Appreciation, April, artistic influences, Bryant, Indiana, James Whitcomb Riley, John Greenleaf Whittier, literature, local history, Longfellow, Massachusetts, National Poetry Month, nature, poetry, rhymes, Riley, Spring 2012, tribute, Whittier
In a 1965 Sunday newspaper profile, Art listed his favorite poets: Riley, Longfellow, Bryant, Whittier.
James Whitcomb Riley, “Hoosier Poet,” left his name all over the state of Indiana, working during what later was recognized as a Golden Age of Indiana Literature. (Not the last, I hope.) Most of the works of James Whitcomb Riley can be browsed here or downloaded as eBooks.
His poems tended to be humorous or sentimental, so it’s no wonder Art loved them. Here’s a short one I like, a tongue-in-cheek “un-poem” —
“Lines for an Album”
James Whitcomb Riley
I would not trace the hackneyed phrase
Of shallow words and empty praise,
And prate of “peace” till one might think
My foolish pen was drunk with ink.
Nor will I here the wish express
Of “lasting love and happiness,”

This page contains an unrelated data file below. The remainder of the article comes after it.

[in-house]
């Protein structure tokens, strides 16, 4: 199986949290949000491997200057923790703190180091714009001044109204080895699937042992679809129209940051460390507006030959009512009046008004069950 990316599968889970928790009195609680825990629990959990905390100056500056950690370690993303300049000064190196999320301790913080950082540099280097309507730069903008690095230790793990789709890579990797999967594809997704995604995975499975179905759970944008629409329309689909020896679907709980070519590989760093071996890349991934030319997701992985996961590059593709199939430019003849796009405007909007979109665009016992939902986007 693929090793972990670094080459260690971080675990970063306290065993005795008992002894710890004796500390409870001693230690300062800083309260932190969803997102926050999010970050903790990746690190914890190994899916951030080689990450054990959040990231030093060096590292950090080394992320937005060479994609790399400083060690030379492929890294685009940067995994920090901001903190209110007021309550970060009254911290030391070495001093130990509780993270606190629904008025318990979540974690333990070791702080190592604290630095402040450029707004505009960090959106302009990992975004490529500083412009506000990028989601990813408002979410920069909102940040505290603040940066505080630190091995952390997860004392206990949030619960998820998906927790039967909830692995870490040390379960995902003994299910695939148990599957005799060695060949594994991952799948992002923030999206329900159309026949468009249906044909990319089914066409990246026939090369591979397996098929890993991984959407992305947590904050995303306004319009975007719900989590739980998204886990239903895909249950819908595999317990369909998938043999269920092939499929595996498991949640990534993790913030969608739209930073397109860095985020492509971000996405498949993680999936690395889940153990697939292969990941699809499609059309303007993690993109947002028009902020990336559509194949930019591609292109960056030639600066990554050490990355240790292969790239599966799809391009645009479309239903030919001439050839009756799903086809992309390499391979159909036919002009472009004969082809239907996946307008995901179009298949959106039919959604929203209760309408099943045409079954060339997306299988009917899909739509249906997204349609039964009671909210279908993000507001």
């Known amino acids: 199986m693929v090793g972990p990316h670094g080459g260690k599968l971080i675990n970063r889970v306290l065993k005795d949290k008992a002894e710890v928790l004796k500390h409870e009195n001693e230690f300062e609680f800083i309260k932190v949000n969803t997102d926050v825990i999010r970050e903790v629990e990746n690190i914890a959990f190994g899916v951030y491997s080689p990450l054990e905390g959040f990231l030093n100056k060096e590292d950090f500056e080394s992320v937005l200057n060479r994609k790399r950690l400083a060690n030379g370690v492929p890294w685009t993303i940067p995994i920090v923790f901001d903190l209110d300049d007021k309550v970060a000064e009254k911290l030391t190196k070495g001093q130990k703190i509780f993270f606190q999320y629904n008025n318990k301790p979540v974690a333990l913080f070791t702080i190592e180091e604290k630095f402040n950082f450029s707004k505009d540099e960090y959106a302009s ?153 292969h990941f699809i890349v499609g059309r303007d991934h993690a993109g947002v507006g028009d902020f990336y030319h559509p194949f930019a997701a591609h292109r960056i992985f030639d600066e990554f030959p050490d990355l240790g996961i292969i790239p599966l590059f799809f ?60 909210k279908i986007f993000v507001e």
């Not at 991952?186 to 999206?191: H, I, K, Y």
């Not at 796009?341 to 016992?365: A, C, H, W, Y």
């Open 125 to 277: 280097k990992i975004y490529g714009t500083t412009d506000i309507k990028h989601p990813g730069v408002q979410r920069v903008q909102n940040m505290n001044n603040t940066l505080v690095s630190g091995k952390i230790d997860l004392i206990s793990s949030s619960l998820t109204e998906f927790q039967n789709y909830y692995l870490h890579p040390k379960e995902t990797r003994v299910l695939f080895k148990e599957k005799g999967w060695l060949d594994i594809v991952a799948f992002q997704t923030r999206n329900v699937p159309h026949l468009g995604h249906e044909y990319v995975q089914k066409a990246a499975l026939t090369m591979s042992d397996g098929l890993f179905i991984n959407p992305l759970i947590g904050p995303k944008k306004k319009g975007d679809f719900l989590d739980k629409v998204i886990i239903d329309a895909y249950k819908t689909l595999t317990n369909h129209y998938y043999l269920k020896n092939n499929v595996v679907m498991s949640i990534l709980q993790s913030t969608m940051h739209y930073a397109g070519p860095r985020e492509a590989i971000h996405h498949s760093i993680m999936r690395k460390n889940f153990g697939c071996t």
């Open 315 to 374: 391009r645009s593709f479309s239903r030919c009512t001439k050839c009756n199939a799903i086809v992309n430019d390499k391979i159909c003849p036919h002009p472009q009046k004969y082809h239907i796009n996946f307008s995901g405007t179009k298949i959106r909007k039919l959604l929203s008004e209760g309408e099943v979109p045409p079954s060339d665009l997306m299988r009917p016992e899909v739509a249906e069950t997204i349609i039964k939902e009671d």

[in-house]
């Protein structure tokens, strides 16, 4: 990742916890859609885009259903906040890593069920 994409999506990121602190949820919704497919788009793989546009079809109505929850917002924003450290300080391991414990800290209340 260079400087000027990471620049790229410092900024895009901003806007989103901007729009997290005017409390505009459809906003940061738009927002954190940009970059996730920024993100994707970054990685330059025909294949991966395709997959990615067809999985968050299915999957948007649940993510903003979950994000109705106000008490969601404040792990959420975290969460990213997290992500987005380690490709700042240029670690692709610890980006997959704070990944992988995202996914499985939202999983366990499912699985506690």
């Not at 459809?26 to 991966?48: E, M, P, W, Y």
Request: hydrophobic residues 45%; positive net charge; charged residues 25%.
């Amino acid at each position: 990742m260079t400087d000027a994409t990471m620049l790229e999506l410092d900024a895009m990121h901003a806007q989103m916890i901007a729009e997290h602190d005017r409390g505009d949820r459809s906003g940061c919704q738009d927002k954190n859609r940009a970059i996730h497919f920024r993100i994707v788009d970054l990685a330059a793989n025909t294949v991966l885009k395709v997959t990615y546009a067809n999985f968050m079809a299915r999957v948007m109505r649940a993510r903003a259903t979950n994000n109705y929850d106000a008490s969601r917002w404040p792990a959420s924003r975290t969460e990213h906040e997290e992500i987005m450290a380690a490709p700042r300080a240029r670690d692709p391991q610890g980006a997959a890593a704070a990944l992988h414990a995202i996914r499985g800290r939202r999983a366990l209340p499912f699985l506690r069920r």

And “cloudless skies”–for after all
“Into each life some rain must fall.”
–No. Keep the empty page below,
In my remembrance, white as snow–
Nor sigh to know the secret prayer
My spirit hand has written there.
John Greenleaf Whittier goes back about half a century earlier, to Massachusetts. He was famous for his narrative poetry, especially “Snow-Bound.” I like this one for the contrast he draws between winter and spring. An excerpt from “April” —
O soul of the spring-time, its light and its breath,
Bring warmth to this coldness, bring life to this death;
Renew the great miracle; let us behold
The stone from the mouth of the sepulchre rolled,
And Nature, like Lazarus, rise, as of old!
More on influences tomorrow…
Michael Mapes said:
My favorite Riley poem is “Out to Old Aunt Mary’s”; http://en.wikisource.org/wiki/Out_to_Old_Aunt_Mary's
Michael Mapes said:
Check this out by Mary Mapes Dodge. Written long ago about a time long, long ago. It is proof that some things never change.
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